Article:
With all the pieces explained, let’s look at a sample Business Presentation Pyramid, using the Concrete Battery business plan.
Purpose—We need to stop burning fossil fuels. We need this to happen as quickly as possible, before Climate Change severely impacts the citizens of the world. Solar and wind are viable solutions but are being held back due to their intermittent nature.
Opportunity—Replacing all the coal-burning electricity plants in the United States alone will cost over $1 trillion. Meanwhile, China and India are busy doubling their electricity-generation capacity, mostly with new fossil fuel-burning plants. Globally, hundreds of billions of dollars are spent annually on new solar and wind projects, and Concrete Battery can help all of those projects be more efficient.
Canvas—[Value Proposition] Concrete Battery turns intermittent power into continuous, 24/7/365 electricity. [Channels] We sell directly to [Customer Segments] electric utilities who are installing solar and wind generators, [Revenues] selling them our “concrete batteries” in multi-million dollar contracts. To do this, [Key Resources and Activities] we need to commercialize our R&D designs, sign a handful of initial prototype customers, and prove out our technology. At scale, we plan on [Partners] partnering with the solar and wind manufacturers to bundle our batteries within their sales processes, turning their products into continuous providers of electricity. [Costs] The major costs involved at first include building and deploying the prototypes and, at scale, are related to the large capital requirements in building and deploying the utility-scale batteries.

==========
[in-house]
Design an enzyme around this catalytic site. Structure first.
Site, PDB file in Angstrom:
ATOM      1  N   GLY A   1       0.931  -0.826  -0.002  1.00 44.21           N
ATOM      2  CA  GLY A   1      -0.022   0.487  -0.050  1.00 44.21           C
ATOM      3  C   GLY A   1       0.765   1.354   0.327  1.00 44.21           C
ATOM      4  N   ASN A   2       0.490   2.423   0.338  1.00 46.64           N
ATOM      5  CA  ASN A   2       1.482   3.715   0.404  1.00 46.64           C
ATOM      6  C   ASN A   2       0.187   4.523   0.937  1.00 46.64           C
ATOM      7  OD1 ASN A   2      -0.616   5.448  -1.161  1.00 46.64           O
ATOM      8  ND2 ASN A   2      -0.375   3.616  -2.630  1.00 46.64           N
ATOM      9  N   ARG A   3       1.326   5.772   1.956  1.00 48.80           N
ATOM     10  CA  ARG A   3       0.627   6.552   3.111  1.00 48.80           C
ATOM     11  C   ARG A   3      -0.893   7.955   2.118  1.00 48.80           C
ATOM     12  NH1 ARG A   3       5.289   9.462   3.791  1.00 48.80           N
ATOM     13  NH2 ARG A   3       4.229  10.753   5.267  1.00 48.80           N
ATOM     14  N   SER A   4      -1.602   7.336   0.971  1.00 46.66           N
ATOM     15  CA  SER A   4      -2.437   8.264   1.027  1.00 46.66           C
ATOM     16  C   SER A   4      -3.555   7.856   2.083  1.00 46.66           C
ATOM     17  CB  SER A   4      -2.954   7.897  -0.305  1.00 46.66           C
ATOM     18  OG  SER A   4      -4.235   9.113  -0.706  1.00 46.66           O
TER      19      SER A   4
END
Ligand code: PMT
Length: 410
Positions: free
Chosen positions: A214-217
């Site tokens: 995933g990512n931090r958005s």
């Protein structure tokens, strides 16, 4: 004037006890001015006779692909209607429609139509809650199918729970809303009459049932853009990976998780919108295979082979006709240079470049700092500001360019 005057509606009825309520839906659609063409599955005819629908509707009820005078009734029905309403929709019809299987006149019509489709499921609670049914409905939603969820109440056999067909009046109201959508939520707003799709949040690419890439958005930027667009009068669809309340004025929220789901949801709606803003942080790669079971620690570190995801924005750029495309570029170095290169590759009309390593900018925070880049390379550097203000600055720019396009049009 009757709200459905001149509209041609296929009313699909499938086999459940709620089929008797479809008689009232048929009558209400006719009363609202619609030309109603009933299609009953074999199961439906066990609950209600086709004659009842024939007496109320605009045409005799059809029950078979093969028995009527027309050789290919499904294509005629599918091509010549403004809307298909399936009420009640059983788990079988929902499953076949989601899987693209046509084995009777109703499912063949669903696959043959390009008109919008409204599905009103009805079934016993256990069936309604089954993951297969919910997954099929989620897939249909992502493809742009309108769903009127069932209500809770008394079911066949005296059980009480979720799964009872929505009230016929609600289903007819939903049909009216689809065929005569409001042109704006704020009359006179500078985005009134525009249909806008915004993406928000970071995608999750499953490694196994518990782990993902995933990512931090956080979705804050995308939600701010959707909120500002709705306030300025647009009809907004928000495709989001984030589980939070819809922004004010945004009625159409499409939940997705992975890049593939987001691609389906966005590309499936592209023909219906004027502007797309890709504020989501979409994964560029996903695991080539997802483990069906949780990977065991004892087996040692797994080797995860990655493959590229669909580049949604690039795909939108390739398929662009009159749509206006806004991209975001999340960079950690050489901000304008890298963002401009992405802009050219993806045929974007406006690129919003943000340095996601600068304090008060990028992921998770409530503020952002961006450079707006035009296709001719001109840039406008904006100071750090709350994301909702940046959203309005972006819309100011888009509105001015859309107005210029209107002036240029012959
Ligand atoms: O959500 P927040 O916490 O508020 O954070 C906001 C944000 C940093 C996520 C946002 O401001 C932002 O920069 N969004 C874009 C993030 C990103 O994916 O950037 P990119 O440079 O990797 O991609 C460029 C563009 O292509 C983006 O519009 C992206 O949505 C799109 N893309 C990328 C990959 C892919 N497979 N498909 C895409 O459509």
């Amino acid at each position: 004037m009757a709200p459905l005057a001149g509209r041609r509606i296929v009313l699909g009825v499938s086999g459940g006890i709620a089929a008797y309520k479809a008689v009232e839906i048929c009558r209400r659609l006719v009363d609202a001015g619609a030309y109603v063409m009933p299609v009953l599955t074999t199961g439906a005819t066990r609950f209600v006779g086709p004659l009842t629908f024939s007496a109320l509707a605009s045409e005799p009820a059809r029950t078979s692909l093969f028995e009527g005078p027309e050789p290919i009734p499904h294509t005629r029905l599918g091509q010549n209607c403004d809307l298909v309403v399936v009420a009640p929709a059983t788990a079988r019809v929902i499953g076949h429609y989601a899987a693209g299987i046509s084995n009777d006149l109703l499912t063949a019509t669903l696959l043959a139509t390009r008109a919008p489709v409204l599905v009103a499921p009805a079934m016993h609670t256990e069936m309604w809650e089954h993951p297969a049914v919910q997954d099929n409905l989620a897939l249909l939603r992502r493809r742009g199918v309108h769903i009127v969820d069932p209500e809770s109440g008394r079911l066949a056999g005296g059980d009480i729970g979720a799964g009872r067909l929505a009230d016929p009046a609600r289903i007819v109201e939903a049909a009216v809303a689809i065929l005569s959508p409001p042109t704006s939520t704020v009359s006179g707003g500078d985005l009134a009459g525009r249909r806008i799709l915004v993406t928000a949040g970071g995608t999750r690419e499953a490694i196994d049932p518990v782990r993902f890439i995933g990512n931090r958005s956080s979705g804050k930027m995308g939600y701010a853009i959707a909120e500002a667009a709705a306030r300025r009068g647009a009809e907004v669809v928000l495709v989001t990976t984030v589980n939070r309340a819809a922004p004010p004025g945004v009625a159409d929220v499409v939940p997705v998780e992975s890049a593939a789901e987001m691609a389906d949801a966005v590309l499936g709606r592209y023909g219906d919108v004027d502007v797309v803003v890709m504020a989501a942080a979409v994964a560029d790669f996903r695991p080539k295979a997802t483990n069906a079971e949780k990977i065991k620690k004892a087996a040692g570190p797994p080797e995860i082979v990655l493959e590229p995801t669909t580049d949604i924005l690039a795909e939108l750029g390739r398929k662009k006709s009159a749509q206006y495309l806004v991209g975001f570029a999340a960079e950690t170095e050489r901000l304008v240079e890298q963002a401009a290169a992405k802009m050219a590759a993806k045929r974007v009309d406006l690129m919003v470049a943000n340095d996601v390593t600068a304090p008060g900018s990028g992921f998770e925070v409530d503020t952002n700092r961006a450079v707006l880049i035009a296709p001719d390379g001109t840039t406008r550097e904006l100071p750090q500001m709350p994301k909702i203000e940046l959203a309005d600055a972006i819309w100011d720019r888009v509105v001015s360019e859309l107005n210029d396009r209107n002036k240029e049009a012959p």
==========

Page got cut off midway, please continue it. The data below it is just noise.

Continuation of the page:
Financial Plan—The financial plan projects the average price of each battery at $100,000 and cost at $55,000 (“cost” as in “cost of sales,” described in Step 19). It projects total losses of $15 million before break-even is reached in Year Three. Revenue is projected to grow from $100,000 in Year One to $1,000,000 in Year Two and $10,000,000 in Year Three.
Competition—Three other companies have attempted to sell flywheels to utility companies: Active Power, Pentadyne, and Beacon. Beacon received a $200 million loan from the U.S. government at the same time as Solyndra, and both subsequently went bankrupt. Active Power and Pentadyne are today both focused on selling flywheels to hospitals, data centers ,and other customers with storage needs far smaller than utility companies. They were forced to pivot their customer segments as both use high-tech solutions, which have resulted in high-cost products. Concrete Battery’s unique low-tech solution will provide a far lower-cost solution, which will meet the needs of the electric utilities at a price they can afford. Affordability is the key, as Concrete Battery ultimately competes with any company that is selling electricity storage to utility companies, no matter which technology they use: flywheels, batteries, compressed air, etc.
Immediate Needs—To create the first commercial prototype, we need $5 million in funding. We are also seeking connections to utilities that are at the forefront of deploying solar and wind, as we are looking to secure three customers for our prototype batteries. Upon completion of the prototypes deployment, we plan on raising an additional $10 million in funding, which will be used to scale up sales.